How to Determine If You're An Empath

You can start by asking yourself some questions about how well you relate to others and how you physically and emotionally respond to big emotional events taking place in your presence. If you find that you answer "yes" to most or all of these questions, there's a good chance you're an empath:

Do you find yourself taking on others’ stress?
Have you been accused of being too sensitive in the past?
Do you feel overwhelmed in crowded spaces?
Would others describe you as empathetic?

I have listed several free assessments below you can take online and book recommendations to learn more.


Dr. Aron's "Are You Highly Sensitive" Self-Test:

Are You an Empath? 20 Question Self-Assessment Test:

Am I a Highly Sensitive Person?:

The Empath Self-Test for Teens:

16 Personalities Self-Test:

The 3 Sources of Sensitivity Self-Test:

Learning Style Questionnaire:

Dr. Aron's "Is Your Child Highly Sensitive":

Sensation Seeking Scale Self-Test:

This is from Psychology Today 

The trademark of an empath is feeling and absorbing other people’s emotions and, or, physical symptoms because of their high sensitivities. These people filter the world through their intuition and have a difficult time intellectualizing their feelings.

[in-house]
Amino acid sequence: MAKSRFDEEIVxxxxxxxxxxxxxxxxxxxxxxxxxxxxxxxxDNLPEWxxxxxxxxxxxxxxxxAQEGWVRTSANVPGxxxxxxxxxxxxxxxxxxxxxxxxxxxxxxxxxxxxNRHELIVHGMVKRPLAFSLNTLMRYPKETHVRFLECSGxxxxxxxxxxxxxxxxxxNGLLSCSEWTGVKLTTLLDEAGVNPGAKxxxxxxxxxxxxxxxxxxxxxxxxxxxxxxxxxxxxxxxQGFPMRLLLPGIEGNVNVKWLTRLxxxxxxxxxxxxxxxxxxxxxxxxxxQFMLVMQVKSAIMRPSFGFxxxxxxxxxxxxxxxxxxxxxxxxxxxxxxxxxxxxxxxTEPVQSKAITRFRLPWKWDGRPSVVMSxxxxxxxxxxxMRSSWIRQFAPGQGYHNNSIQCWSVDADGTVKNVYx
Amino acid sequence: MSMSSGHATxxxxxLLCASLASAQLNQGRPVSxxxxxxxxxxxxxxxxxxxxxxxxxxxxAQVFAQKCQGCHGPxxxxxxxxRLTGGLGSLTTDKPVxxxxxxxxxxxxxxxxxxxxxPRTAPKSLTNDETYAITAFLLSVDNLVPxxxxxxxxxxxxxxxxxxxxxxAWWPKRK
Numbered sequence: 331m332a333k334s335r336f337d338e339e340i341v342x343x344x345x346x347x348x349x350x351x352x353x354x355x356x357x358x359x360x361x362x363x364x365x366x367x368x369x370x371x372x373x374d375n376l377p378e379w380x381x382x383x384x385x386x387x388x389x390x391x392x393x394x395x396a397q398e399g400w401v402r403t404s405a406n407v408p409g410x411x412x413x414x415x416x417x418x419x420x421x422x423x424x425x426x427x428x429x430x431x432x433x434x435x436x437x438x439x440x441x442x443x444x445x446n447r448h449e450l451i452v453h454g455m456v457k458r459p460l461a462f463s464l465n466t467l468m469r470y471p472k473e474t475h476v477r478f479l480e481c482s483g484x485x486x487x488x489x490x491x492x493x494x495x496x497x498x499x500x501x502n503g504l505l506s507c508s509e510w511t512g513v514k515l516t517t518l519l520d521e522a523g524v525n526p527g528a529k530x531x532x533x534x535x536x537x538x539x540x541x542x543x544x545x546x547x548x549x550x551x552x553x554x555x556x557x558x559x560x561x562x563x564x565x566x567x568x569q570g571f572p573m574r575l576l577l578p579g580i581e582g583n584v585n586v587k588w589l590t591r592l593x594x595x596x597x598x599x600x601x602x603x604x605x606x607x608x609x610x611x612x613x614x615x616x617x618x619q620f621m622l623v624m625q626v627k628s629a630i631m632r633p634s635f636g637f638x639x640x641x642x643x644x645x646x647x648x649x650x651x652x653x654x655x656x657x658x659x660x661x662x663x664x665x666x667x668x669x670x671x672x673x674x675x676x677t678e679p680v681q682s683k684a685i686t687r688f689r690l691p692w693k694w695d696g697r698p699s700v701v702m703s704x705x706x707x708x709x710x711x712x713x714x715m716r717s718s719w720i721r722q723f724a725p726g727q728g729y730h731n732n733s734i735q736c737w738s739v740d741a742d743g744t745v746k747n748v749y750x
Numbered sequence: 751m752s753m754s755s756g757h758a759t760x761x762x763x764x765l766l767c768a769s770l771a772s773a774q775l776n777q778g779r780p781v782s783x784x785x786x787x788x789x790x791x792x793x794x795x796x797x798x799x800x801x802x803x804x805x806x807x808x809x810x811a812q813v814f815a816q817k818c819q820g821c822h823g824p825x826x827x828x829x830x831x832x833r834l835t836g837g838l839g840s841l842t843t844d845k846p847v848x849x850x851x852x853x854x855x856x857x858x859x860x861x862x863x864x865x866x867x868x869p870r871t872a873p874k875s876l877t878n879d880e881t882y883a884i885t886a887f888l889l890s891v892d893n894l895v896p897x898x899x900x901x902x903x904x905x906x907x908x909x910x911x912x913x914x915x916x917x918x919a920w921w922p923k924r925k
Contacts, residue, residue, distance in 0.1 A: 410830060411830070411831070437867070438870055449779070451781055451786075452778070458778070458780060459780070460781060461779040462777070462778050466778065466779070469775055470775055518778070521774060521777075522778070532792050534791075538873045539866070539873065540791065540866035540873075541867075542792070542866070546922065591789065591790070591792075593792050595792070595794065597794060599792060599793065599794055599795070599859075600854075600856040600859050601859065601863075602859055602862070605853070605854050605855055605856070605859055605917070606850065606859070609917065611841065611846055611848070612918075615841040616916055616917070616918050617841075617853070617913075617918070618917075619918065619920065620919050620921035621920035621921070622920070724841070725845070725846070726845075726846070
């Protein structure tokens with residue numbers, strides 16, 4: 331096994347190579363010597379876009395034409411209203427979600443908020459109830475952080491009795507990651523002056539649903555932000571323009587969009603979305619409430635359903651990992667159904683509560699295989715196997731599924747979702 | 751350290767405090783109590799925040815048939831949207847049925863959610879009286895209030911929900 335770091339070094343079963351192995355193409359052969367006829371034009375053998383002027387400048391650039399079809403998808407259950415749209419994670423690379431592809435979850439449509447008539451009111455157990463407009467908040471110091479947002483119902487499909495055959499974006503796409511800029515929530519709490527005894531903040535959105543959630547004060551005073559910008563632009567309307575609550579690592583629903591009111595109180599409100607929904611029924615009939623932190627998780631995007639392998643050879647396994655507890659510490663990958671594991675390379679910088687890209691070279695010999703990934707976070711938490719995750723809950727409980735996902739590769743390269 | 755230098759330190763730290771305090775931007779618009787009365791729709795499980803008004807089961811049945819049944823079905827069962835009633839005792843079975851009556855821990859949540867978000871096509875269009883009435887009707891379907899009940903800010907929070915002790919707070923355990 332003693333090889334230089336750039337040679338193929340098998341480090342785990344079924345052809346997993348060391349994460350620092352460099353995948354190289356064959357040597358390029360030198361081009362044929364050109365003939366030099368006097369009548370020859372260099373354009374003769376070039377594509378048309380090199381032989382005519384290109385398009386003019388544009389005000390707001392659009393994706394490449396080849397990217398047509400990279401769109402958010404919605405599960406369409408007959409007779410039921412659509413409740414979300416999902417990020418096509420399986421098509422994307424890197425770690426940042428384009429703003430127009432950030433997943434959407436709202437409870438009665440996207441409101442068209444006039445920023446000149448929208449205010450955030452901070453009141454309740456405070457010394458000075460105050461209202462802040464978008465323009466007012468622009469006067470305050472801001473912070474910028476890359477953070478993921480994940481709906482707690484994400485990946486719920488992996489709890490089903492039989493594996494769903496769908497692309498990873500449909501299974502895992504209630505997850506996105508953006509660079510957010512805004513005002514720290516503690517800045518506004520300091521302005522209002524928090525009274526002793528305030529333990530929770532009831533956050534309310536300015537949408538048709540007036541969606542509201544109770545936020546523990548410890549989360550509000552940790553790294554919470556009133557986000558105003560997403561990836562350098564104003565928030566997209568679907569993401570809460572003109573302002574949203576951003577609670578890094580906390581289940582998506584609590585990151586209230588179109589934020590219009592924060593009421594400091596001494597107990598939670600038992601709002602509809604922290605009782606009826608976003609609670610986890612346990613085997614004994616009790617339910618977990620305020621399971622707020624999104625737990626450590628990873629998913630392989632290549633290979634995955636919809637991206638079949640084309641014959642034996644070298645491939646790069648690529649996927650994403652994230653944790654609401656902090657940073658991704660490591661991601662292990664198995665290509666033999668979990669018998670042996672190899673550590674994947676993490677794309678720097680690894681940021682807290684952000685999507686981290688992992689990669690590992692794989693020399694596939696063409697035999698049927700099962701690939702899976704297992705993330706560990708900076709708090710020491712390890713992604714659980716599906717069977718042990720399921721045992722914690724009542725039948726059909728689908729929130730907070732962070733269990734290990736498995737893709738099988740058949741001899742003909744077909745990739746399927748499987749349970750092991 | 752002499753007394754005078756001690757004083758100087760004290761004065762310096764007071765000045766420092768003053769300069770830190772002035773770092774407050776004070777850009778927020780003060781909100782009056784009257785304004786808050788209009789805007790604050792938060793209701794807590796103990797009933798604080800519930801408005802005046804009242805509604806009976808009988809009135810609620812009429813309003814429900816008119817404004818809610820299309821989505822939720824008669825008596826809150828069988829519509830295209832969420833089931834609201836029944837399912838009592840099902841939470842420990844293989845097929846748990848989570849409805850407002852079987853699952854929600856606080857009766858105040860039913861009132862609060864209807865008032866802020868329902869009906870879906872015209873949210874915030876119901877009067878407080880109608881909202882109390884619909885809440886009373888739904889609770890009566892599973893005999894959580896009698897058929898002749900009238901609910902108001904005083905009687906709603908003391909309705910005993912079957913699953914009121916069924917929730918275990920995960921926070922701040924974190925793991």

This is from Healthline 

The term empath comes from empathy, which is the ability to understand the experiences and feelings of others outside of your own perspective.

Say your friend just lost their dog of 15 years. Empathy is what allows you to understand the level of pain she’s going through, even if you’ve never lost a beloved pet.

But as an empath, you take things a step further. You actually sense and feel emotions as if they’re part of your own experience. In other words, someone else’s pain and happiness become your pain and happiness.

Empaths and HSP's

What is an Empath or HSP?

An empath is a person highly attuned to the feelings and emotions of those around them. Their ability to discern what others are feeling goes beyond empathy (defined simply as the ability to understand the feelings of others) and extends to actually taking those feelings on; feeling what another person is feeling at a deep emotional level.